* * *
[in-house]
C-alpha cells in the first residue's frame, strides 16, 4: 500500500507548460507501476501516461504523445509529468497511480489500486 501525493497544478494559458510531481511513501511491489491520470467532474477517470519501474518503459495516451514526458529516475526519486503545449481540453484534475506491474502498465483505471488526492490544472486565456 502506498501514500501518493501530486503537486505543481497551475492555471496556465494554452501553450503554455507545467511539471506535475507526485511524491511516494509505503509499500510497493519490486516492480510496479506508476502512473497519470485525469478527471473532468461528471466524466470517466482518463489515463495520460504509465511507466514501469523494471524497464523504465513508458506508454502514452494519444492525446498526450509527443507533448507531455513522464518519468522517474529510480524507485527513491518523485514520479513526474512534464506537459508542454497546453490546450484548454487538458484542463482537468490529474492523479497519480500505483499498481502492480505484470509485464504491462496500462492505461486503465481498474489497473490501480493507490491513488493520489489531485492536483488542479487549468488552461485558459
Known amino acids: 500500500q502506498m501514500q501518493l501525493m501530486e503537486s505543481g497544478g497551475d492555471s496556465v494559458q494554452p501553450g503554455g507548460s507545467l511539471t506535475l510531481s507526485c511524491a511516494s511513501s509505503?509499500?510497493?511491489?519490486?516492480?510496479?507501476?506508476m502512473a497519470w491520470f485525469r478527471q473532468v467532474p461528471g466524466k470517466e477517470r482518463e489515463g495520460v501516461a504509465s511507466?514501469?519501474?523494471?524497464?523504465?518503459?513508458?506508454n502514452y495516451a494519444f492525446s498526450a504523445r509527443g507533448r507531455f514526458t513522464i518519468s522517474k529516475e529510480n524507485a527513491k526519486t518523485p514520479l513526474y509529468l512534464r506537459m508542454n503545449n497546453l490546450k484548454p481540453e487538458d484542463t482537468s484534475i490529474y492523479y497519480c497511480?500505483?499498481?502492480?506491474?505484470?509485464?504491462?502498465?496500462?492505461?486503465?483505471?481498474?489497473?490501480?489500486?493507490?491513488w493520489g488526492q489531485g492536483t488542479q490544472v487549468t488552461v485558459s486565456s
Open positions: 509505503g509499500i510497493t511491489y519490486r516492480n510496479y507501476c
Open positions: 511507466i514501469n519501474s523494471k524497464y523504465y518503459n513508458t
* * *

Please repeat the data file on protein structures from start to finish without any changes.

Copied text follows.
[in-house]
C-alpha cells in the first residue's frame, strides 16, 4: 500500500507548460507501476501516461504523445509529468497511480489500486 501525493497544478494559458510531481511513501511491489491520470467532474477517470519501474518503459495516451514526458529516475526519486503545449481540453484534475506491474502498465483505471488526492490544472486565456 502506498501514500501518493501530486503537486505543481497551475492555471496556465494554452501553450503554455507545467511539471506535475507526485511524491511516494509505503509499500510497493519490486516492480510496479506508476502512473497519470485525469478527471473532468461528471466524466470517466482518463489515463495520460504509465511507466514501469523494471524497464523504465513508458506508454502514452494519444492525446498526450509527443507533448507531455513522464518519468522517474529510480524507485527513491518523485514520479513526474512534464506537459508542454497546453490546450484548454487538458484542463482537468490529474492523479497519480500505483499498481502492480505484470509485464504491462496500462492505461486503465481498474489497473490501480493507490491513488493520489489531485492536483488542479487549468488552461485558459
Known amino acids: 500500500q502506498m501514500q501518493l501525493m501530486e503537486s505543481g497544478g497551475d492555471s496556465v494559458q494554452p501553450g503554455g507548460s507545467l511539471t506535475l510531481s507526485c511524491a511516494s511513501s509505503?509499500?510497493?511491489?519490486?516492480?510496479?507501476?506508476m502512473a497519470w491520470f485525469r478527471q473532468v467532474p461528471g466524466k470517466e477517470r482518463e489515463g495520460v501516461a504509465s511507466?514501469?519501474?523494471?524497464?523504465?518503459?513508458?506508454n502514452y495516451a494519444f492525446s498526450a504523445r509527443g507533448r507531455f514526458t513522464i518519468s522517474k529516475e529510480n524507485a527513491k526519486t518523485p514520479l513526474y509529468l512534464r506537459m508542454n503545449n497546453l490546450k484548454p481540453e487538458d484542463t482537468s484534475i490529474y492523479y497519480c497511480?500505483?499498481?502492480?506491474?505484470?509485464?504491462?502498465?496500462?492505461?486503465?483505471?481498474?489497473?490501480?489500486?493507490?491513488w493520489g488526492q489531485g492536483t488542479q490544472v487549468t488552461v485558459s486565456s
Open positions: 509505503g509499500i510497493t511491489y519490486r516492480n510496479y507501476c
Open positions: 511507466i514501469n519501474s523494471k524497464y523504465y518503459n513508458t